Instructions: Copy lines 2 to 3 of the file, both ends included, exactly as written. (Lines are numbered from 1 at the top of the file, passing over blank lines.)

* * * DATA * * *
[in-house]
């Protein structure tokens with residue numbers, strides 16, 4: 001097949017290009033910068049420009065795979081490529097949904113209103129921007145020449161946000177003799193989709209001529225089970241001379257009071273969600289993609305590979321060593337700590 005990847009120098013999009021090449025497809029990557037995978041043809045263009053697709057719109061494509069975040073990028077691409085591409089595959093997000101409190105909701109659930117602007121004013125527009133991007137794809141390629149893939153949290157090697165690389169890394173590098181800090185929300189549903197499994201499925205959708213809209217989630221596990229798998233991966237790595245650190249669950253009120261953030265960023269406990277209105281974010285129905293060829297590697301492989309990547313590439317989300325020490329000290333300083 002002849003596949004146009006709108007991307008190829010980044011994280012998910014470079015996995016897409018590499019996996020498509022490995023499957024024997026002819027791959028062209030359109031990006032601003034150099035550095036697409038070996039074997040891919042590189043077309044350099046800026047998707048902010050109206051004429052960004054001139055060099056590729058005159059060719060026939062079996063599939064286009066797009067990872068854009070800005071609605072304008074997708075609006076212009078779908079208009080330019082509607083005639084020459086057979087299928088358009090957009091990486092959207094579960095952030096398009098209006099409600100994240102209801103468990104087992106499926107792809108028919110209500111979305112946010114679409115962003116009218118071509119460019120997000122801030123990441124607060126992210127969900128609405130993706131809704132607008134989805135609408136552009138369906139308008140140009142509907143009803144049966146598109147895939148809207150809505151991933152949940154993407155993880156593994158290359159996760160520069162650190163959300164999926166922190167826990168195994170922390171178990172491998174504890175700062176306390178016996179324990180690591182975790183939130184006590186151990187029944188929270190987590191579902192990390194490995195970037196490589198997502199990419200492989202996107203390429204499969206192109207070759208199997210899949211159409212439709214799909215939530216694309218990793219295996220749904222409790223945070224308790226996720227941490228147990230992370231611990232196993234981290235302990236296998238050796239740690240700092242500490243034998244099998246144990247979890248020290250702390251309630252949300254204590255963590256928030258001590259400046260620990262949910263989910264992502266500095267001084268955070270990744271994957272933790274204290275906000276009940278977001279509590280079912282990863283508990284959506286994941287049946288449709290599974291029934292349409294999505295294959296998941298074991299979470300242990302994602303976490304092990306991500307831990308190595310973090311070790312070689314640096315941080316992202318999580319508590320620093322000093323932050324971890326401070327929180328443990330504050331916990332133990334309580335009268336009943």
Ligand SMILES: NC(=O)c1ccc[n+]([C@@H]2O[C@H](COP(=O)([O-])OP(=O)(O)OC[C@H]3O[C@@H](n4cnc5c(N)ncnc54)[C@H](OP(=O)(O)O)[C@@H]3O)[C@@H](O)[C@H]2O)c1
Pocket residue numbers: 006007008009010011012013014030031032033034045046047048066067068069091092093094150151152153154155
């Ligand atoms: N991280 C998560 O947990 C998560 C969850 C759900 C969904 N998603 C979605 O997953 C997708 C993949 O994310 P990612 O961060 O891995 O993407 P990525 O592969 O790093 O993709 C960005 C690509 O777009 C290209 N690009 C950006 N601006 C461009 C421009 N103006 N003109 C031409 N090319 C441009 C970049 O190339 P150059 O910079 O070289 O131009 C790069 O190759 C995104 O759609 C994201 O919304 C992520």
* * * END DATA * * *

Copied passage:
């Protein structure tokens with residue numbers, strides 16, 4: 001097949017290009033910068049420009065795979081490529097949904113209103129921007145020449161946000177003799193989709209001529225089970241001379257009071273969600289993609305590979321060593337700590 005990847009120098013999009021090449025497809029990557037995978041043809045263009053697709057719109061494509069975040073990028077691409085591409089595959093997000101409190105909701109659930117602007121004013125527009133991007137794809141390629149893939153949290157090697165690389169890394173590098181800090185929300189549903197499994201499925205959708213809209217989630221596990229798998233991966237790595245650190249669950253009120261953030265960023269406990277209105281974010285129905293060829297590697301492989309990547313590439317989300325020490329000290333300083 002002849003596949004146009006709108007991307008190829010980044011994280012998910014470079015996995016897409018590499019996996020498509022490995023499957024024997026002819027791959028062209030359109031990006032601003034150099035550095036697409038070996039074997040891919042590189043077309044350099046800026047998707048902010050109206051004429052960004054001139055060099056590729058005159059060719060026939062079996063599939064286009066797009067990872068854009070800005071609605072304008074997708075609006076212009078779908079208009080330019082509607083005639084020459086057979087299928088358009090957009091990486092959207094579960095952030096398009098209006099409600100994240102209801103468990104087992106499926107792809108028919110209500111979305112946010114679409115962003116009218118071509119460019120997000122801030123990441124607060126992210127969900128609405130993706131809704132607008134989805135609408136552009138369906139308008140140009142509907143009803144049966146598109147895939148809207150809505151991933152949940154993407155993880156593994158290359159996760160520069162650190163959300164999926166922190167826990168195994170922390171178990172491998174504890175700062176306390178016996179324990180690591182975790183939130184006590186151990187029944188929270190987590191579902192990390194490995195970037196490589198997502199990419200492989202996107203390429204499969206192109207070759208199997210899949211159409212439709214799909215939530216694309218990793219295996220749904222409790223945070224308790226996720227941490228147990230992370231611990232196993234981290235302990236296998238050796239740690240700092242500490243034998244099998246144990247979890248020290250702390251309630252949300254204590255963590256928030258001590259400046260620990262949910263989910264992502266500095267001084268955070270990744271994957272933790274204290275906000276009940278977001279509590280079912282990863283508990284959506286994941287049946288449709290599974291029934292349409294999505295294959296998941298074991299979470300242990302994602303976490304092990306991500307831990308190595310973090311070790312070689314640096315941080316992202318999580319508590320620093322000093323932050324971890326401070327929180328443990330504050331916990332133990334309580335009268336009943």
Ligand SMILES: NC(=O)c1ccc[n+]([C@@H]2O[C@H](COP(=O)([O-])OP(=O)(O)OC[C@H]3O[C@@H](n4cnc5c(N)ncnc54)[C@H](OP(=O)(O)O)[C@@H]3O)[C@@H](O)[C@H]2O)c1